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Menin Gate, Ypres Menin Gate, Ypres
First Name: Albert John Last Name: LEWINGTON
Date of Death: 24/05/1915 Lived/Born In: Queens Park
Rank: Private Unit: Royal Fusiliers3
Memorial Site: Menin Gate, Ypres

Current Information:


11, Huxley Street, Queen's Park



Battle of Bellewaarde (24th-25th May, 1915)

The line held by V Corps of the BEF in May 1915, stretched 5 ½ miles around much of the Ypres salient from Hill 60 to the junction with the French at Turco Farm in the north-east and was held from right to left by 83 Brigade, 28th Division, 1st Cavalry Division (1 & 2 Cavalry Brigades astride the Menin Road), 85 Brigade, 28th Division (across the railway and the Zonnebeke road) and then 10 Brigade, 4th Division covering Wieltje and up to Mouse Trap Farm with 12 Brigade beyond.  At 2.45am on 24th May, the Germans opened up a tremendous artillery bombardment on this front followed up by the release of gas in greater quantities than had been seen before with dense gas clouds rising to forty feet. In some places no-man’s land was very narrow and the defenders had little or no time in which to don their gas masks. The centre of the line held firm but at the two extremities, Mouse Trap farm in the north and Bellewaarde Lake in the south, the enemy broke through. Reserves were called up but despite some hard fighting the losses were not made good and the salient around Ypres was further reduced.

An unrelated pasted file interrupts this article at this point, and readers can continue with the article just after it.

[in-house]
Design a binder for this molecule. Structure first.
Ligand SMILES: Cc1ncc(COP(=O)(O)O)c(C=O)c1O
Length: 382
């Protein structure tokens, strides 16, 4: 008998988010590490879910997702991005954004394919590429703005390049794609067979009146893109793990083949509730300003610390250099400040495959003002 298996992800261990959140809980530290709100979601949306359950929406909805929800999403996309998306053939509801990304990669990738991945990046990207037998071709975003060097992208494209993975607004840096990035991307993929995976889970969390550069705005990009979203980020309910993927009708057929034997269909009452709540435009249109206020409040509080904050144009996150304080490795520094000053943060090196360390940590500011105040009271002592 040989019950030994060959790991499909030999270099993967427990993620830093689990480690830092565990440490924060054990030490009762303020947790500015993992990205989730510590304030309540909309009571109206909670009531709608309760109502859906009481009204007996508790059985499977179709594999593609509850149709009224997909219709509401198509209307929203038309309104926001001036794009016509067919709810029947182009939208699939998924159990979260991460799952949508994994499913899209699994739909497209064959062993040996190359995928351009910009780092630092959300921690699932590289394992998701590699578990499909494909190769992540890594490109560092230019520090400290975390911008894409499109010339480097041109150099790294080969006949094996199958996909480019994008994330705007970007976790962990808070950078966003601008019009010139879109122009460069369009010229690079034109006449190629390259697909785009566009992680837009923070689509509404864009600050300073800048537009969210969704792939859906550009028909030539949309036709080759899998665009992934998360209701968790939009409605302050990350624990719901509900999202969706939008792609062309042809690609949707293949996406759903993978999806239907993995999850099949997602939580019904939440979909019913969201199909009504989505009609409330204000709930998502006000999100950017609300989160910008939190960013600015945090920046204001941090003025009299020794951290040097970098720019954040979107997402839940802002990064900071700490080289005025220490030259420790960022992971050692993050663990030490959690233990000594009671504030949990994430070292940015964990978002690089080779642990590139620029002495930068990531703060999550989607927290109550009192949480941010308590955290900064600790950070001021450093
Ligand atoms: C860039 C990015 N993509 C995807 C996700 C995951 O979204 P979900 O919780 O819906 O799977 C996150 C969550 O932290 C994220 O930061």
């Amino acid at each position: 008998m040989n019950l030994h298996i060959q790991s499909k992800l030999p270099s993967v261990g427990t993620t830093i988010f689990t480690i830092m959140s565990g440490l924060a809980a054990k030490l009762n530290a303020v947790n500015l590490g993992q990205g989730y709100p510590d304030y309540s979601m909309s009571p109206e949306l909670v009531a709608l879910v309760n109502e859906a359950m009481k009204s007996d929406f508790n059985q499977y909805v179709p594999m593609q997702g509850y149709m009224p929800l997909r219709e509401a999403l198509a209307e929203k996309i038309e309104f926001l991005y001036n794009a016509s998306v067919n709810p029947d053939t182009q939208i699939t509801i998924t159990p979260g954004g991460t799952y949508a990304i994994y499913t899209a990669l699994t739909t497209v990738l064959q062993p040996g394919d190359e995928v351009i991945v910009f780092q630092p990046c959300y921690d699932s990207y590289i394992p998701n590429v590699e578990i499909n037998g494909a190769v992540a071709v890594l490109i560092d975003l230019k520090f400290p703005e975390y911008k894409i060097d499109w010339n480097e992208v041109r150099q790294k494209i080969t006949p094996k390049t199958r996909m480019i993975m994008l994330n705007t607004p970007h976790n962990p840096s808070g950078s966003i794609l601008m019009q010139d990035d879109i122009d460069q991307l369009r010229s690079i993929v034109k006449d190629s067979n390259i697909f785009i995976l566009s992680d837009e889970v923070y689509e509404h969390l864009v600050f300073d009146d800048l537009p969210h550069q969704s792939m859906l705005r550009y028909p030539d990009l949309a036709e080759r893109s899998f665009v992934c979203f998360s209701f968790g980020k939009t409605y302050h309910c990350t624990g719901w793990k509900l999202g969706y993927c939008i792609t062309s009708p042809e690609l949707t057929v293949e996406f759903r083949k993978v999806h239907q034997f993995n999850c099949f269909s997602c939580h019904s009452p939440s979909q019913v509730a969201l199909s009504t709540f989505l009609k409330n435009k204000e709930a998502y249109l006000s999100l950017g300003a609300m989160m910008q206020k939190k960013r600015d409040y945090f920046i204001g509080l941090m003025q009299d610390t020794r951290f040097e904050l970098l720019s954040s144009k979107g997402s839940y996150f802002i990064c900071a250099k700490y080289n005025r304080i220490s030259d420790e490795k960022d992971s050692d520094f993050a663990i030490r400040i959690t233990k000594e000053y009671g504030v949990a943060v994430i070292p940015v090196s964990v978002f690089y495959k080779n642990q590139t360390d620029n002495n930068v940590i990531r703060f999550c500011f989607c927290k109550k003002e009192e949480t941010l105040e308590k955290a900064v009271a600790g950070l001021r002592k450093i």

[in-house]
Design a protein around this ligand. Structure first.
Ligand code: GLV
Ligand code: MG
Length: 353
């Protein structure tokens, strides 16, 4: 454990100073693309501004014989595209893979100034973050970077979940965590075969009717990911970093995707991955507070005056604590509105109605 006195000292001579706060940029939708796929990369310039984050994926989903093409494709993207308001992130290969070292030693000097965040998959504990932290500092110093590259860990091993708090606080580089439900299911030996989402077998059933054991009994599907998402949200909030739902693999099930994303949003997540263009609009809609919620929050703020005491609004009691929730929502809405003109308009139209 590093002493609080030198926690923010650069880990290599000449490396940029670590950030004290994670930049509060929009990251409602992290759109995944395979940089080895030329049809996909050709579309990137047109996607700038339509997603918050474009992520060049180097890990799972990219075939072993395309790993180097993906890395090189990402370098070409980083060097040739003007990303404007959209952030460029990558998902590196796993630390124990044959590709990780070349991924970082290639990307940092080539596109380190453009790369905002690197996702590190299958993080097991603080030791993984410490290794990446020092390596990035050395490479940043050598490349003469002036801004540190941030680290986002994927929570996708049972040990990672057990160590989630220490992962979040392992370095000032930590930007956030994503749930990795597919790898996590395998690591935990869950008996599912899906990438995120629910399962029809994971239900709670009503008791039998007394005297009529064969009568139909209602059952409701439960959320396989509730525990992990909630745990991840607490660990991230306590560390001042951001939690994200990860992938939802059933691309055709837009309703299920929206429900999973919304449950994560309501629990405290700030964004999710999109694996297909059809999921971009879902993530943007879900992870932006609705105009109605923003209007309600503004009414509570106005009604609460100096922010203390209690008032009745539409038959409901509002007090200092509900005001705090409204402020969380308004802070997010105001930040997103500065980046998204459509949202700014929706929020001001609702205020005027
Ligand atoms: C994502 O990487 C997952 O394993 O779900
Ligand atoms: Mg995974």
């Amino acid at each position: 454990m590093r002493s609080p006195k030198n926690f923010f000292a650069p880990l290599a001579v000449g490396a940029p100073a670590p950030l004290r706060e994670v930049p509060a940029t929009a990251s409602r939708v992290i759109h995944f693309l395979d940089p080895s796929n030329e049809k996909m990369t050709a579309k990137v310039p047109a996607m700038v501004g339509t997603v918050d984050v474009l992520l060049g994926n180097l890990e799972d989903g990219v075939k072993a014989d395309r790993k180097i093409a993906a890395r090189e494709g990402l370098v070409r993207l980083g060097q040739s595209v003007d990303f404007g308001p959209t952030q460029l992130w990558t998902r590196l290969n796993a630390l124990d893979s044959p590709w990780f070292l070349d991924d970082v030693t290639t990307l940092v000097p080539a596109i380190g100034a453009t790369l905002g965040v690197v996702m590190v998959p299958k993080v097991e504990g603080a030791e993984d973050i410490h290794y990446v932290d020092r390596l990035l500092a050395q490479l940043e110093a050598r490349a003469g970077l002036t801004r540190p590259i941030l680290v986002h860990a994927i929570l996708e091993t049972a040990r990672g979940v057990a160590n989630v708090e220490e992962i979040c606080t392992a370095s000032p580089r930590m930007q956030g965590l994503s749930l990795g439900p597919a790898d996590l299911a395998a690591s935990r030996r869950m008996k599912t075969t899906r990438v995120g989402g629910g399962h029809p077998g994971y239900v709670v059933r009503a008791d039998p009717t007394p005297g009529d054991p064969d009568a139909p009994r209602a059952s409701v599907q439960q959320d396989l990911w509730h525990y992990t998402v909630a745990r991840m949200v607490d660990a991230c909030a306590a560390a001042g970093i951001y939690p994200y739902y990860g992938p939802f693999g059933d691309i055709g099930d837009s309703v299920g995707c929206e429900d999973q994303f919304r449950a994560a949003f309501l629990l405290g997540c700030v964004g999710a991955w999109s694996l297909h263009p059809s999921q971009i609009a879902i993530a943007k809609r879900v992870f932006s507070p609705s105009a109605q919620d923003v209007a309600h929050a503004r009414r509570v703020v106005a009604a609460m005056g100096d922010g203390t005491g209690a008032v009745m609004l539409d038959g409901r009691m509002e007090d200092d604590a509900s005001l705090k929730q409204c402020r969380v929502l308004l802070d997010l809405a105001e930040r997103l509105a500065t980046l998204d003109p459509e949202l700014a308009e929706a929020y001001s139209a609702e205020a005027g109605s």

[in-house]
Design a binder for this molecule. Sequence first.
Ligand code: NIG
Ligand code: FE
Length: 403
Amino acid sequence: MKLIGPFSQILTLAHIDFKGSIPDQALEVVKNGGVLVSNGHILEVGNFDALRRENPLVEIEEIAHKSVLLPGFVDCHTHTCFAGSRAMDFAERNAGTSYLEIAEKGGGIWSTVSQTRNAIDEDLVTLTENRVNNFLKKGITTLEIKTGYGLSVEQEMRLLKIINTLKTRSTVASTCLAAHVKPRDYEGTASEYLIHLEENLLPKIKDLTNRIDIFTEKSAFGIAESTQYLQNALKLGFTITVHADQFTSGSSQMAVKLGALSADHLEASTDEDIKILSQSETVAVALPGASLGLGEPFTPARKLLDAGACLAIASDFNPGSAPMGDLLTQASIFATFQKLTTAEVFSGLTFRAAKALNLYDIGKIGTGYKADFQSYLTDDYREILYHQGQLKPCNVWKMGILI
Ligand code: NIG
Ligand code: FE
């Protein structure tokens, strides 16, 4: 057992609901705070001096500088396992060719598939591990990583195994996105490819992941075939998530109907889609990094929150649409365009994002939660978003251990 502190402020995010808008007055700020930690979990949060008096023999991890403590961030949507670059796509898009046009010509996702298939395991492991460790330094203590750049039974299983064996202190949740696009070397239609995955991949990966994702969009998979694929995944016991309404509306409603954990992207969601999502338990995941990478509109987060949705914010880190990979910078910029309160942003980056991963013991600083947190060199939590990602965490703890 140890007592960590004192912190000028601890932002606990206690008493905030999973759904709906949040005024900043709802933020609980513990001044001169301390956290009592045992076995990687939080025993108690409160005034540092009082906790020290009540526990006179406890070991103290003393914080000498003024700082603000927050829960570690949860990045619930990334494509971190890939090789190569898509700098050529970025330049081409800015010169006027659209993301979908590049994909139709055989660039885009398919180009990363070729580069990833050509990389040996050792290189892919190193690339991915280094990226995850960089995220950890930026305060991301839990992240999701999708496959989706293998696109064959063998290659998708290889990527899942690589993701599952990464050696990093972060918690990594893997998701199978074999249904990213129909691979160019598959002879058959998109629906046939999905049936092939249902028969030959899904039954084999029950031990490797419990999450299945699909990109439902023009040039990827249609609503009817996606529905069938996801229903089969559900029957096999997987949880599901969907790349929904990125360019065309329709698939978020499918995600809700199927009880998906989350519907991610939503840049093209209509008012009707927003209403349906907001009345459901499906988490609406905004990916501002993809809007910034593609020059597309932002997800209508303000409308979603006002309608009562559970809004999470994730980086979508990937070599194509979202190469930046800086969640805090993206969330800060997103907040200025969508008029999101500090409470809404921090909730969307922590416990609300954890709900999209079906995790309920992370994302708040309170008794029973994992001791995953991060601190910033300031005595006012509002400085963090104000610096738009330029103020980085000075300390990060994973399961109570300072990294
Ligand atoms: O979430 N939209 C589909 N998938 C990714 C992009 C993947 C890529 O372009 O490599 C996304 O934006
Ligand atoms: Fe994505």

On this day 85 Brigade of 28th Division held the front between Bellwaarde Lake and the Ypres-Zonnebeke road on the reverse slope of Verlorenhoek ridge.  Half of the 3rd Royal Fusiliers and 7 Durham Light Infantry battalions were south of the railway whilst 2nd East Surrey and 8th Middlesex were north of it.  The trenches were knee deep in mud after recent rain and this, along with the bombardment, caused them to collapse. Under this pressure, some troops fell back and this exposed the flank of 3rd Royal Fusiliers, themselves having to deal with the gas and the bombardment. The Germans tried exploiting the gap to the south and in response 3rd Royal Fusiliers sent half a company to cover its flank but by 8am, with most of their men by now casualties, they and 7th Durham Light Infantry were forced from their trenches. They moved back to their third line which they continued to hold all day before being relieved. The casualties for 3rd Royal Fusiliers on this day were a staggering 550 officers and men and included Albert Lewington who was killed in action.

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